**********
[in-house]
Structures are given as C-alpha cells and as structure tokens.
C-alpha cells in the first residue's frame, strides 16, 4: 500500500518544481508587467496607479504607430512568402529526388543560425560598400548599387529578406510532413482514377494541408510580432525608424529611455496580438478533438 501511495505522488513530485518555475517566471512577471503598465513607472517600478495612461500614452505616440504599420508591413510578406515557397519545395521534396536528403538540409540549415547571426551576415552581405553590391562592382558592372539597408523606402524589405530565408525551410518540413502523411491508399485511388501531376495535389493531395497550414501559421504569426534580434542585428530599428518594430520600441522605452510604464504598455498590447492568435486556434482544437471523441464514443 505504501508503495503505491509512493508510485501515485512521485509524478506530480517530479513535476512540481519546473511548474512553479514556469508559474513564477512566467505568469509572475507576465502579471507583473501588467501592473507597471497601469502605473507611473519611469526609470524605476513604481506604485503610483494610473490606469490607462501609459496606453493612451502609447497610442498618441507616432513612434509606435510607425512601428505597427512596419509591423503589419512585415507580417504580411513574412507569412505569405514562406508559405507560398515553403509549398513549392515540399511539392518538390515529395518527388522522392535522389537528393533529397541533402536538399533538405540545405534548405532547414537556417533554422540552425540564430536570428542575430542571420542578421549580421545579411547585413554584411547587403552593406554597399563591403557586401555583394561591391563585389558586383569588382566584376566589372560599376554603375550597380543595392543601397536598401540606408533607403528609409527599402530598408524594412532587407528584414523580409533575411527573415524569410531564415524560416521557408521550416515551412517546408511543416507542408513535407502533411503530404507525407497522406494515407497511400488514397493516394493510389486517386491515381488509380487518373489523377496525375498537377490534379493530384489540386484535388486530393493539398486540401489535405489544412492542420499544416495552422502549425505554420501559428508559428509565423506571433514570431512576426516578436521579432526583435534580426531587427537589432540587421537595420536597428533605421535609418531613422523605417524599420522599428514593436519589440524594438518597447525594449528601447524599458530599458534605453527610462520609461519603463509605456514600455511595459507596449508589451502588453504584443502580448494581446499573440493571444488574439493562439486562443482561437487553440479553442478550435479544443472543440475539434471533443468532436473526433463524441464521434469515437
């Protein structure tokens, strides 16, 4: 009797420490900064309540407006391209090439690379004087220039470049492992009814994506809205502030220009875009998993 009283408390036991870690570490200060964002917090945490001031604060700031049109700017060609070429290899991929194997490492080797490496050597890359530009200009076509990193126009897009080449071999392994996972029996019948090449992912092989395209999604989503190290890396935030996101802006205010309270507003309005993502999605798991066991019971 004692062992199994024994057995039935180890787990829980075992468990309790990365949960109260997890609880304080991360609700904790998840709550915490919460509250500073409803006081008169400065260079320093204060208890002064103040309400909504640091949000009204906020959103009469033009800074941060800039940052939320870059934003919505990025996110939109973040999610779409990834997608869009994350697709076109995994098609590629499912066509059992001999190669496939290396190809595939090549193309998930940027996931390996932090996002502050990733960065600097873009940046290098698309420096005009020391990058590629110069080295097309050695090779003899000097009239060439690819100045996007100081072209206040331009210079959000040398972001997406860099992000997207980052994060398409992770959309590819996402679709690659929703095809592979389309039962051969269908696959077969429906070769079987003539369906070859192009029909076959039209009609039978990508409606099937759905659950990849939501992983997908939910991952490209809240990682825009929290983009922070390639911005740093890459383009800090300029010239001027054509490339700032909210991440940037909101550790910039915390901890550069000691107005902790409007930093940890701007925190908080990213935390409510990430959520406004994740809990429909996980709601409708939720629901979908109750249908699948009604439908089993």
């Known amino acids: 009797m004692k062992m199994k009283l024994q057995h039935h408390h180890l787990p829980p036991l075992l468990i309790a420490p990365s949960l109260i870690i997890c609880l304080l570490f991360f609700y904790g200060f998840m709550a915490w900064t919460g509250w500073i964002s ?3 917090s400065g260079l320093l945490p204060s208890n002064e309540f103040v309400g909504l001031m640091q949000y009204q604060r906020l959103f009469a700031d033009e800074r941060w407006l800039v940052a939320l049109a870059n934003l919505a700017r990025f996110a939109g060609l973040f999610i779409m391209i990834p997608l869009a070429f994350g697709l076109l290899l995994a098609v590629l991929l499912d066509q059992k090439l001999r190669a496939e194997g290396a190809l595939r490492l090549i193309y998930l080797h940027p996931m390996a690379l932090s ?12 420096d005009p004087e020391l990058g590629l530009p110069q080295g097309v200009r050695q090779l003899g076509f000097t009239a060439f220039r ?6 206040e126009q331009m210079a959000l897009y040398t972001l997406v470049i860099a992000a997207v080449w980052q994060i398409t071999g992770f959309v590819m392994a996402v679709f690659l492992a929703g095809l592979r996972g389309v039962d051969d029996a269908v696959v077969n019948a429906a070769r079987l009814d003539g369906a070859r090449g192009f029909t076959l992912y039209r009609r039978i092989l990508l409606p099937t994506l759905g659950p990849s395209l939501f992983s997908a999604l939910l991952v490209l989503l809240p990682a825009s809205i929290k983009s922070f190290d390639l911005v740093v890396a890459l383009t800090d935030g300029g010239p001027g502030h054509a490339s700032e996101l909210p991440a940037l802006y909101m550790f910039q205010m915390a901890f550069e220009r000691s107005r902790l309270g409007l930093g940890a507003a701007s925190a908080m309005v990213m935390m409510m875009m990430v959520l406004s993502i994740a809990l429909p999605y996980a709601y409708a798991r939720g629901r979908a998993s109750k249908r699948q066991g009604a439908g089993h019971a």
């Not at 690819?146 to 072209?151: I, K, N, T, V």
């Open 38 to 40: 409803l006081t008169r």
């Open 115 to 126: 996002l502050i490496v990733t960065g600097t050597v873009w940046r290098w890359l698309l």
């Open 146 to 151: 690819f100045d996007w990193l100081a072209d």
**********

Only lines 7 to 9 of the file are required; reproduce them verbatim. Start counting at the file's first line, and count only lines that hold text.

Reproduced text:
């Open 38 to 40: 409803l006081t008169r």
């Open 115 to 126: 996002l502050i490496v990733t960065g600097t050597v873009w940046r290098w890359l698309l």
């Open 146 to 151: 690819f100045d996007w990193l100081a072209d």